While Neil and I were swapping emails about shipping the puzzle, nice guy that he is, he asked me how I’d like it shipped (i.e. solved, apart, or together but unsolved) and idiot puzzler that I am, I went for the latter ... now having received it and played around with it, I have developed a huge amount of respect for this puzzle, and have in fact not managed to come up with a sensible strategy for solving it – all my observations about mirrored pairs  and dissimilar pieces have got me absolutely nowhere ... it is a cracking puzzle, but then it’s a well-trodden Coffin design, so it would be, wouldn’t it?
Neil’s version is superb – and I’m rather chuffed that I’ve managed to con him into letting me purchase one – thanks Neil ... hope the thumb heals soon and that you continue to enjoy making beautiful puzzles for a very long time. 
Cheers mate! 

[Oh, and in case you're wondering how I managed to take pictures of a solved puzzle when I've already told you I couldn't solve it ... let's just say my good friend Andreas Rover helped out a bit! :-) ]

Friday 23 December 2011

Christmas Quiz

....a bit of fun, if you'd like... 

I think there are 50 recognisable puzzles in the pic below. How many can you spot? No prizes - just the inevitable adulation that will spontaneously erupt from your fellow metagrobologists when I list the names of those who got them all ... or at least quite a few of them. 

[I suspect that most of them have featured in my blog at some point, although they may not have been pictured.]

If you do want to email me your answers, my email address is my first name dot surname at the gmail dot com domain ... and my surname's 'walker' if you didn't know. [ ... and if you list them left to right in rows as far as possible that will help... ]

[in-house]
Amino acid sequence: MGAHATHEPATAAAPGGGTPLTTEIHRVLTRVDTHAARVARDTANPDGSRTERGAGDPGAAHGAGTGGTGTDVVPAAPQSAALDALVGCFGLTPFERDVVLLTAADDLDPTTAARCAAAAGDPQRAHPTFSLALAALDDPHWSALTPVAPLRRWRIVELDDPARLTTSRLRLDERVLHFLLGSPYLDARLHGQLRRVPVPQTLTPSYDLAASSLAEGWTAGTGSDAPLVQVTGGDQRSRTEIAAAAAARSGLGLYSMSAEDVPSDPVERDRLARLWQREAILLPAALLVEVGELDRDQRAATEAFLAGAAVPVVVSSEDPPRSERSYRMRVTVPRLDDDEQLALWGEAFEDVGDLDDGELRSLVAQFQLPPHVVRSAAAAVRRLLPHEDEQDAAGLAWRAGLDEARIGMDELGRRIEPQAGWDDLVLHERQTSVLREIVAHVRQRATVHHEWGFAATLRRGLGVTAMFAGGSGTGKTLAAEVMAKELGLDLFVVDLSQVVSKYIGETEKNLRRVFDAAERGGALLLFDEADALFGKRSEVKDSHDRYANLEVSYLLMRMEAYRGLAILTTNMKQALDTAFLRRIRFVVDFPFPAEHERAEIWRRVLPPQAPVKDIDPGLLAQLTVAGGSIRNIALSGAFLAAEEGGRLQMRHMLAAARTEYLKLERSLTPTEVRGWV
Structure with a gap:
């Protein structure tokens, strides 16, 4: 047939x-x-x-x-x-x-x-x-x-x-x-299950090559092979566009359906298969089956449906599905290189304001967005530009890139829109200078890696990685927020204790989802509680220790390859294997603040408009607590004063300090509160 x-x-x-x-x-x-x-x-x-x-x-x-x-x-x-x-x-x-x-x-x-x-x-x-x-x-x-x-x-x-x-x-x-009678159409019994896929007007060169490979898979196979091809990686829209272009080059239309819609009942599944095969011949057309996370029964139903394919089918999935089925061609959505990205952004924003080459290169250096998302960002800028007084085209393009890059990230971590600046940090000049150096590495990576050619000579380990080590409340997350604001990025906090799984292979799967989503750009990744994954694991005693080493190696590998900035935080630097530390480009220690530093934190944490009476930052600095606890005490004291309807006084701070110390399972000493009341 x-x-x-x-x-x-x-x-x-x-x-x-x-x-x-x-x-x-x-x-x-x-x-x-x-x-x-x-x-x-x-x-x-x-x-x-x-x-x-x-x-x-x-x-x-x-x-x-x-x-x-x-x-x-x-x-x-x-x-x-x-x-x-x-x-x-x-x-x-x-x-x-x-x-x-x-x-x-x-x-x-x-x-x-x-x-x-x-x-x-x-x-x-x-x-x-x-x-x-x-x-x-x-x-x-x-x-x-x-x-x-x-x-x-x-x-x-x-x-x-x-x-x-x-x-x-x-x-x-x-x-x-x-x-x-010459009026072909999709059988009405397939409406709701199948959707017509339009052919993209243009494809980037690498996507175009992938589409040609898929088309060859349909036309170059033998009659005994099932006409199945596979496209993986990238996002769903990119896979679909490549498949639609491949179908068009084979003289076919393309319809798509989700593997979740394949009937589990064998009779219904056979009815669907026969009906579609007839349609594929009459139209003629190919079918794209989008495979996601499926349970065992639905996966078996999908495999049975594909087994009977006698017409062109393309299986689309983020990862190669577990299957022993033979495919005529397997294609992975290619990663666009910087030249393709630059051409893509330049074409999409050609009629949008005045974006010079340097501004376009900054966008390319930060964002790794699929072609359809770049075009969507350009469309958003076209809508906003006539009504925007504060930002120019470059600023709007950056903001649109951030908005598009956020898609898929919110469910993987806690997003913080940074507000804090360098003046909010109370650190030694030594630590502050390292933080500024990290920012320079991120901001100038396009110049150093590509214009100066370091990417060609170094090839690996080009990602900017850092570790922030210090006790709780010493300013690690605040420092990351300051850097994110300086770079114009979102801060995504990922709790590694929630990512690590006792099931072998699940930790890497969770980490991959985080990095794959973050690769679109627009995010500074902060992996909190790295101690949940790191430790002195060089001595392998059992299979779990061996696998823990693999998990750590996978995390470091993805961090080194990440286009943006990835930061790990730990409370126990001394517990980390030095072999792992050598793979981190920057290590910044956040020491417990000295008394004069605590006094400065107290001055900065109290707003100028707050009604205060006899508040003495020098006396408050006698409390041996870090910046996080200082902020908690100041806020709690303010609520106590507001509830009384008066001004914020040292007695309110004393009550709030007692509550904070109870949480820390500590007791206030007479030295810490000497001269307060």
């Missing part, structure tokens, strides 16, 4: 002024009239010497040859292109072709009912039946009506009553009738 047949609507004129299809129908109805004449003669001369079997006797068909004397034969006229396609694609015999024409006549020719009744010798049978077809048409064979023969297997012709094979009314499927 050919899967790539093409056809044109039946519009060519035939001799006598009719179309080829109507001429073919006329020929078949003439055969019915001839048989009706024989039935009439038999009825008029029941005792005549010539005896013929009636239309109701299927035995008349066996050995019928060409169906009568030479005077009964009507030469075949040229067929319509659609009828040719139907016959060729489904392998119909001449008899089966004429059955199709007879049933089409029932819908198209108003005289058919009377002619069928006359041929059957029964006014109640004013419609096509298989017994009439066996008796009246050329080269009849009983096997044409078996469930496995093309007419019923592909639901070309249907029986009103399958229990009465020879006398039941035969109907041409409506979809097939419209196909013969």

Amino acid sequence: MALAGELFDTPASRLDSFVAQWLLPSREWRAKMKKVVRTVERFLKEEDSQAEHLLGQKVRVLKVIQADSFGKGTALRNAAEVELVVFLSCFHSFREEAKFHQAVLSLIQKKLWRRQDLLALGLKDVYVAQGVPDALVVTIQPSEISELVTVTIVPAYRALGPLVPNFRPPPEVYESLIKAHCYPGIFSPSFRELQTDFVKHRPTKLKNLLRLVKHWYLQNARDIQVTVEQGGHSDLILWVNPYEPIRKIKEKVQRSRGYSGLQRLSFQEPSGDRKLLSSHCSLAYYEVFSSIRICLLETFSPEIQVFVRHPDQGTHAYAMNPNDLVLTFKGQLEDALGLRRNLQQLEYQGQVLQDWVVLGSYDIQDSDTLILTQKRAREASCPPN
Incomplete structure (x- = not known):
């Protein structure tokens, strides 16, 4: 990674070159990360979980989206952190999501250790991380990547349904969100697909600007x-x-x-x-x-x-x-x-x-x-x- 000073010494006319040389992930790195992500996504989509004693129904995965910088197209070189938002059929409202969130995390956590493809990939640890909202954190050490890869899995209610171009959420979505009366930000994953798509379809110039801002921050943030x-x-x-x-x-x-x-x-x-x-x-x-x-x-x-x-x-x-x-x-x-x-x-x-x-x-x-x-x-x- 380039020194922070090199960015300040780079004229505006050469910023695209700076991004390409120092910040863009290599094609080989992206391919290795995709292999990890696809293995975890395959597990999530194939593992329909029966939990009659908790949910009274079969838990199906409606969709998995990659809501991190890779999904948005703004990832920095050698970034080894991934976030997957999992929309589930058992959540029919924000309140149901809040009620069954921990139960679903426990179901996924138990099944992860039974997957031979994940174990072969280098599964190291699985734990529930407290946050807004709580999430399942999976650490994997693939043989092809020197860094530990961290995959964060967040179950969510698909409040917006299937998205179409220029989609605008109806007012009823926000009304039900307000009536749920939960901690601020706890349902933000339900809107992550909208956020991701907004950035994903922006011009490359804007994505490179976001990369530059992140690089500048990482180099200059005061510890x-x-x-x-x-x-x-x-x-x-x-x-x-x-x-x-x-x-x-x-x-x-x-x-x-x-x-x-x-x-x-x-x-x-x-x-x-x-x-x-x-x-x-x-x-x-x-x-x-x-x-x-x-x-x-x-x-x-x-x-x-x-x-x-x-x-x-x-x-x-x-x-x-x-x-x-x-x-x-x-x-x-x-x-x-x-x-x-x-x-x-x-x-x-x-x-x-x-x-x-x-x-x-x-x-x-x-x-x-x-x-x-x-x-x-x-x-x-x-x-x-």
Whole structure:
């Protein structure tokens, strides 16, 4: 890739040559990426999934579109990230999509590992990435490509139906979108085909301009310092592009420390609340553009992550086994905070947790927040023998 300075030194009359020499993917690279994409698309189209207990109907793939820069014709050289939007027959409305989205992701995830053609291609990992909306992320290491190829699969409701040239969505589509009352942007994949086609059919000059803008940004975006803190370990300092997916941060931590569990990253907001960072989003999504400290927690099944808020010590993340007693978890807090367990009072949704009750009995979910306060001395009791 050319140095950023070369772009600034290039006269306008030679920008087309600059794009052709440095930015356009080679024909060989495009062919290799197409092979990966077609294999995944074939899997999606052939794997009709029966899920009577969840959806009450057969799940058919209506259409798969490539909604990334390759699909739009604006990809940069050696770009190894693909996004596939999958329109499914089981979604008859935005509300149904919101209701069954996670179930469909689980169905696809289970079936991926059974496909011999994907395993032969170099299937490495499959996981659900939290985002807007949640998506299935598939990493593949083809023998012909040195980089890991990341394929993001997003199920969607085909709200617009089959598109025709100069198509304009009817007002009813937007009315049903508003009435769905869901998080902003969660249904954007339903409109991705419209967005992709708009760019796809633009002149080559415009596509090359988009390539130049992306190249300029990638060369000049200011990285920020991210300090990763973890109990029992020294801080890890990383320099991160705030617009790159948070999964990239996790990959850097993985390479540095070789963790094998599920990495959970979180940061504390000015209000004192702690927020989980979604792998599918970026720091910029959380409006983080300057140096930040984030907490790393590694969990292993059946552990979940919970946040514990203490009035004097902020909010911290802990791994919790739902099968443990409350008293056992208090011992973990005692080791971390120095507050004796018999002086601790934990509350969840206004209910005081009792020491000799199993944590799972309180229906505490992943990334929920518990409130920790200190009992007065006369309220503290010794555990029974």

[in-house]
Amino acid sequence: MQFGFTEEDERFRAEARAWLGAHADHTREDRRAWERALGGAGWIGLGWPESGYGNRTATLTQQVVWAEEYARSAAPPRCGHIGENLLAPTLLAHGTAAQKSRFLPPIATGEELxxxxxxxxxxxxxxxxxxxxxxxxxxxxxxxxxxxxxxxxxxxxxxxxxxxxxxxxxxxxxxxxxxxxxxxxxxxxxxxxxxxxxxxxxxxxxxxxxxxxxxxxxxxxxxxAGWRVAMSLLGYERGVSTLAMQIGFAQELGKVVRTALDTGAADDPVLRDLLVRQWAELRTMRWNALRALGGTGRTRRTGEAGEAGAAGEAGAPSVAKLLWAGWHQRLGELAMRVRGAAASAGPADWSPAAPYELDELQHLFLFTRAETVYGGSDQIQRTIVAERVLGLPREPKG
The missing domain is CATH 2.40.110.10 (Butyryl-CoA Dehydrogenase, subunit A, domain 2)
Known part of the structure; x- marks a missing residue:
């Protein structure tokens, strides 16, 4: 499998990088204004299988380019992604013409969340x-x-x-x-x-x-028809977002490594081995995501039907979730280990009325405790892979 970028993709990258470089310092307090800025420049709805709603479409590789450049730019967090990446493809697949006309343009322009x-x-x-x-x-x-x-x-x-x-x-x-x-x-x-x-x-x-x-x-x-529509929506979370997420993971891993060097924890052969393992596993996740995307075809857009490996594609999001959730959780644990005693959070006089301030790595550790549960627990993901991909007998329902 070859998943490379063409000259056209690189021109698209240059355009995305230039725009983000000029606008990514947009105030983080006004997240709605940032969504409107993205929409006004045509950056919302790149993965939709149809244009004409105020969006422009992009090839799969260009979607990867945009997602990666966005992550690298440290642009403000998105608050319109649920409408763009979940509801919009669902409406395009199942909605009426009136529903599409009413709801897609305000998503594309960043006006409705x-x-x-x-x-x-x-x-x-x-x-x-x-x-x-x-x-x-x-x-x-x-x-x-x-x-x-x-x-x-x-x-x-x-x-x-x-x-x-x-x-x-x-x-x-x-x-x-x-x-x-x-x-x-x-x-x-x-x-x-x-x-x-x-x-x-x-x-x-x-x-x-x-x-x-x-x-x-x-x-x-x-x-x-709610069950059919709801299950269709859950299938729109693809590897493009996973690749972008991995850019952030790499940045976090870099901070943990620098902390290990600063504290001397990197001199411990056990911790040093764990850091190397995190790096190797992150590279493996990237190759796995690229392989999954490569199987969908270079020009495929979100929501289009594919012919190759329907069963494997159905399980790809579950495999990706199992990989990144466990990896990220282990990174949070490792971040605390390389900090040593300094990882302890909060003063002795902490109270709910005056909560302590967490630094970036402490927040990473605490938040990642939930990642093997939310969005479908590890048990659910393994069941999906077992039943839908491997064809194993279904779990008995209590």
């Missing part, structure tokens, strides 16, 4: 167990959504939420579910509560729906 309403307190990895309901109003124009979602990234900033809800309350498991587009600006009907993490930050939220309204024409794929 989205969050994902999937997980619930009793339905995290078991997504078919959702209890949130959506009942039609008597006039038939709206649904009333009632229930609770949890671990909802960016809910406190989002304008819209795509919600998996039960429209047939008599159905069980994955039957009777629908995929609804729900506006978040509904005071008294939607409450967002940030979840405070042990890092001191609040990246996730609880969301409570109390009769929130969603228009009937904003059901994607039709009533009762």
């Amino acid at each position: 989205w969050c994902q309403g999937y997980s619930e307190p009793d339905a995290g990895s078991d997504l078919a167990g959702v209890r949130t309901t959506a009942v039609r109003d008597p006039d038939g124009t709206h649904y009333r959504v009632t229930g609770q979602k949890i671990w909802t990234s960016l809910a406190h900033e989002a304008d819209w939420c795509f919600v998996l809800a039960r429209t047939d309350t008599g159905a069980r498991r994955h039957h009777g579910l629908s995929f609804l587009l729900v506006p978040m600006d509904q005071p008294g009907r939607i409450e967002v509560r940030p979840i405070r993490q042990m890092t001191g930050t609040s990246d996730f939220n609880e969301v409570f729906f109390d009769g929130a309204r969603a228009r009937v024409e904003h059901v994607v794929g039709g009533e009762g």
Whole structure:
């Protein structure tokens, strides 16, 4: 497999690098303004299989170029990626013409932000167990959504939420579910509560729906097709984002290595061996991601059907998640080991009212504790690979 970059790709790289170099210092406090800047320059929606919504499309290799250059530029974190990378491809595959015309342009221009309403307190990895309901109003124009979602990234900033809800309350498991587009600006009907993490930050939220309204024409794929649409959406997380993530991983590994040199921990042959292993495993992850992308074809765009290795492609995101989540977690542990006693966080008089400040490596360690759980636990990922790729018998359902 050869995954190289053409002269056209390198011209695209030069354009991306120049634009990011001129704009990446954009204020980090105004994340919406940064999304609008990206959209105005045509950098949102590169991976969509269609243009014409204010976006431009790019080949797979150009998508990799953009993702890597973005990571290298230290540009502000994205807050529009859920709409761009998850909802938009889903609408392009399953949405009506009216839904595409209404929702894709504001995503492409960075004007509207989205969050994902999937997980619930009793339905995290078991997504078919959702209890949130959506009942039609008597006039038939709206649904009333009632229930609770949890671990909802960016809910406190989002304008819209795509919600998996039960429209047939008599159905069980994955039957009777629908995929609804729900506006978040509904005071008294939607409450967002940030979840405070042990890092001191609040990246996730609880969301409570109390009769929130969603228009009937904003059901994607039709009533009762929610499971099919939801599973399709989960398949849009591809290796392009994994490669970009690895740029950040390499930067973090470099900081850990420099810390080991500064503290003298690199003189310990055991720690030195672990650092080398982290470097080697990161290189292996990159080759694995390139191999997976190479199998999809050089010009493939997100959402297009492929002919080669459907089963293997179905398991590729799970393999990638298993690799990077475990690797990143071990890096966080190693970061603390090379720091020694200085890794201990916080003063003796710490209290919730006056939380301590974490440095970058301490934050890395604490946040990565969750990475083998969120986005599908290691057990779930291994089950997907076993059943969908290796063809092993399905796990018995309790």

Merry Christmas to all, 
and may your 2012 be very puzzling indeed!

Click for larger version

Sunday 18 December 2011

Puzzle Museum Visit – Part 2

Right, so we left off where we’d all congregated back in the puzzle room having acquired a cuppa along the way (Thanks Lindsey!) – down to the serious work of the day!

In the week running up to the visit, James had sent us an email asking if anyone could bring a couple of Stickmen (post #15) and any “recent exotic American boxes” for him to play with. Good thing he did that as I suspect most of us wouldn’t have bothered taking any puzzles along on the grounds that we wouldn’t want to embarrass ourselves by taking along something only to discover that James has several even better versions in his collection already ... however, given the specific request – Chris took along his Try-Knot, I tossed my Grandfather Clock, Little Game Hunter and Perpetual Hinge box in a crate, along with Phil Tomlinson’s Always Empty Box, Eric Fuller’s Triple Locked Box and Kagen Shaefer’s Diamond Box – not sure if they should be classed as exotic, but pretty sure they were recent and American! Ali brought a couple of recent Bill Cutler purchases and Nigel had his lovely muku Super-Cubi.